There seems to be a plague of style-over-substance fusion restaurants opening in central London. They have names like ‘Burger + Bun’ or ‘Gin and Beer’. Often than not, fusion is slopping ‘kimchi-naise’ on anything hot. The fries come in a mini fryer basket, your burger in a pint glass and your pint in a civil war-era mess tin.
Señor Ceviche is the antidote. The food, decor, music and staff are all excellent and unpretentious. And if you’re expecting a sting in the tail when the bill comes, you’ll be pleasantly surprised. It’s very reasonable, especially for the West End.
Origins of Nikkei Cooking
Although the term ‘fusion cooking’ wasn’t coined until the late 80s, the idea is thousands of years old. After all, it seems inevitable that two neighbouring countries would blend their cuisines.
What’s surprising is that the countries in question are not neighbours at all. Peru and Japan are separated by 15,000km (9,600 miles) or one and a half laps of the moon. Yet, their cuisines have become intertwined.
This cultural combination began in the late 19th century when Peru became the first Latin American country to accept Japanese immigrants. Since then, Japanese Peruvians have greatly influenced the culture despite accounting for less than 0.1% of the population. And nowhere is this more apparent than in the food, often called Nikkei or Nikkei Peruvian.
Señor Ceviche is a lively Nikkei Peruvian restaurant and Pisco (South American white brandy) bar in central London. It has gone the route of many of London’s up-and-comers, starting as a food stall before becoming a fully-fledged restaurant. Once the founder Harry Edmeades flew the pop-up nest, he set up shop in Kingly Court, halfway down Carnaby street.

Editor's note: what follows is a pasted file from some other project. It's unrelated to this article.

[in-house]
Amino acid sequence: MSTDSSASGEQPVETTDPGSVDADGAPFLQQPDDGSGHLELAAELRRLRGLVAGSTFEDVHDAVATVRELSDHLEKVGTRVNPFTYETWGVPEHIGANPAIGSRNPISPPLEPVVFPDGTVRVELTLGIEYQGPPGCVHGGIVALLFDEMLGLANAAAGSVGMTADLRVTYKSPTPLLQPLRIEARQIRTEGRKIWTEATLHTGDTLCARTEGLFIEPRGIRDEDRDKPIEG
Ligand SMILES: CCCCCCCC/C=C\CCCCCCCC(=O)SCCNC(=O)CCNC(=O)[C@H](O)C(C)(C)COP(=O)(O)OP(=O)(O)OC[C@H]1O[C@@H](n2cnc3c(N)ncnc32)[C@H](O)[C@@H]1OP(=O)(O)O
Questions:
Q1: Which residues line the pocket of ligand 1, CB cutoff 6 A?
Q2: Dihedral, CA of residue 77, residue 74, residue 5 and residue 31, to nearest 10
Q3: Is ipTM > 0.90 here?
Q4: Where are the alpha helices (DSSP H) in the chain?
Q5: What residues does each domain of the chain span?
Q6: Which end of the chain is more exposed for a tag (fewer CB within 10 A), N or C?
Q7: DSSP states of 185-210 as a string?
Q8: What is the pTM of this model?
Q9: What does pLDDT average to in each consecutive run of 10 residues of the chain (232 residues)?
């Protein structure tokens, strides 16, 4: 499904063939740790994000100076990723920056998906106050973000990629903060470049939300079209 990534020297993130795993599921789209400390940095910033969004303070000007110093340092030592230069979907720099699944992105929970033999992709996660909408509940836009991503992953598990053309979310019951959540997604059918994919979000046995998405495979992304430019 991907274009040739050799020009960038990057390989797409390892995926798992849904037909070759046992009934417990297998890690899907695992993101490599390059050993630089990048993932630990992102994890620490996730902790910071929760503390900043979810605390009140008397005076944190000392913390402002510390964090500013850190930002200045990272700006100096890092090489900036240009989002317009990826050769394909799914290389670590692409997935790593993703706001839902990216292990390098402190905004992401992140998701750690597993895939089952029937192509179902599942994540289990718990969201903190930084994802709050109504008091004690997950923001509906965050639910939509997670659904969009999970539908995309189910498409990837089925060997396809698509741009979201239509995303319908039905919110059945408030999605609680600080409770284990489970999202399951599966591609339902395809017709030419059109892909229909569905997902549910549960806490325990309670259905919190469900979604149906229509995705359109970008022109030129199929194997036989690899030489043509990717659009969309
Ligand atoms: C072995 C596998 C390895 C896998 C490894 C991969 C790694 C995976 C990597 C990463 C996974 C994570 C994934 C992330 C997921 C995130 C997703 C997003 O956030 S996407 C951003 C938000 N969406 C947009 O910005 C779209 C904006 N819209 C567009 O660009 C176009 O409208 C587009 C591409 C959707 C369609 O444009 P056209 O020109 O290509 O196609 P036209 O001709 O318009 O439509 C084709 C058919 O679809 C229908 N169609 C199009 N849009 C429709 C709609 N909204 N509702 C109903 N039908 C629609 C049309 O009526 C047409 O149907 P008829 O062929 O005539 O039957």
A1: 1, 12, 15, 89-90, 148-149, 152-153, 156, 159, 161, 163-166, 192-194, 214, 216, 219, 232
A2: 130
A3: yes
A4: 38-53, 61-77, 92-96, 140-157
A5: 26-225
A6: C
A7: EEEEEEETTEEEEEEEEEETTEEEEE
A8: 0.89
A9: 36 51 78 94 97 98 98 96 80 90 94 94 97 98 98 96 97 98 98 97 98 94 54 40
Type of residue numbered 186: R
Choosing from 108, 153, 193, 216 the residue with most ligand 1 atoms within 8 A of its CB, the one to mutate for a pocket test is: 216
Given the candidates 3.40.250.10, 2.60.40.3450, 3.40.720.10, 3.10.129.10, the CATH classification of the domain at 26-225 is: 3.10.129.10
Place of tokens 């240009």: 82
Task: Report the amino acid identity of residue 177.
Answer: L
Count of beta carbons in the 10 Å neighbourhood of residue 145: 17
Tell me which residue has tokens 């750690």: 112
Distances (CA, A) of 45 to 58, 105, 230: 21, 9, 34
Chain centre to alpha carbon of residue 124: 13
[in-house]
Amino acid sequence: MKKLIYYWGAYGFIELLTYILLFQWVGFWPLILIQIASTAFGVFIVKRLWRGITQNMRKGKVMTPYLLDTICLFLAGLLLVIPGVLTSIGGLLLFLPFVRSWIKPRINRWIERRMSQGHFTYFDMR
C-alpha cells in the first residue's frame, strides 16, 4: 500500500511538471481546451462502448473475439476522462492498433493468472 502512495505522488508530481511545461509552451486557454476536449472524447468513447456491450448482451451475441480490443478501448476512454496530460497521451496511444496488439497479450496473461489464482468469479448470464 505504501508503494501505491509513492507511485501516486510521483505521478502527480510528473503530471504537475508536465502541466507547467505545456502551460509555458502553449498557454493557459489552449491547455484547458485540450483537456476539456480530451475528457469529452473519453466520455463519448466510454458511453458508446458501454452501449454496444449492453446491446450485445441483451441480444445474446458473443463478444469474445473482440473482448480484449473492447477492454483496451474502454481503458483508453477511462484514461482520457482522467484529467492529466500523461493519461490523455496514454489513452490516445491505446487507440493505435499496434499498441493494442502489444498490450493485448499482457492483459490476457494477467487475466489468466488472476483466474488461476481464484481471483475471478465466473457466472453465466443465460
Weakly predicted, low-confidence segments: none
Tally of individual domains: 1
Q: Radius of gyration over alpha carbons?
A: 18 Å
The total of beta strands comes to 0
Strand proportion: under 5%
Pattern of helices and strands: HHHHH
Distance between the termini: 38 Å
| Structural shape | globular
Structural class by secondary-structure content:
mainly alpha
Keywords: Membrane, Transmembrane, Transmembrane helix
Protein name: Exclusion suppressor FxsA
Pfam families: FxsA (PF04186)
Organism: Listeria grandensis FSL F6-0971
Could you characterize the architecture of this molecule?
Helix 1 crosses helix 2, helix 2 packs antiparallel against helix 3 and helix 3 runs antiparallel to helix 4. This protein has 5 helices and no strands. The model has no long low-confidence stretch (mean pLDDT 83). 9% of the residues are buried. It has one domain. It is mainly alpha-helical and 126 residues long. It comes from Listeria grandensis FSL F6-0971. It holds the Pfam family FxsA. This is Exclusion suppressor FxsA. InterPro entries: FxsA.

Kingly Court itself is an airy food hall with a wide selection of places to eat, most of which are chains like Pizza Pilgrims and Shoryu Ramen. Señor Ceviche, on the other hand, is a one-off.
The Nikkei cuisine consists of Peruvian core ingredients like tropical fish, sweet potato, aji amarillo chilli peppers and corn, spliced with Japanese flavours and techniques, creating punchy flavours, delicate textures and some matches made in heaven.
Of all Nikkei dishes, ceviche is the flagship. In a traditional Peruvian ceviche, the fish would be left to steep in the acidic marinade for hours, almost pickling it. Instead, Japanese cooks introduced the Peruvians to just bathing the fish for a couple of minutes, resulting in a more sushi-like dish with a lighter flavour. This, along with BBQ and Pisco Sours, is Señor Ceviche’s bread and butter.
Calamari serves as a great litmus test as it requires precise timing and a light touch. When not up to scratch, it’s usually a red flag. Señor Ceviche’s Calamares were on point: tender baby squid, dusted with flour and fried until perfectly crispy.
But the sauce they came with stole the show: pickled jalapeño miso salsa: tangy, spicy, silky and the most stunning shade of forest green. When asked about the colour, the waitress divulged the somewhat surprising secret ingredient: spinach.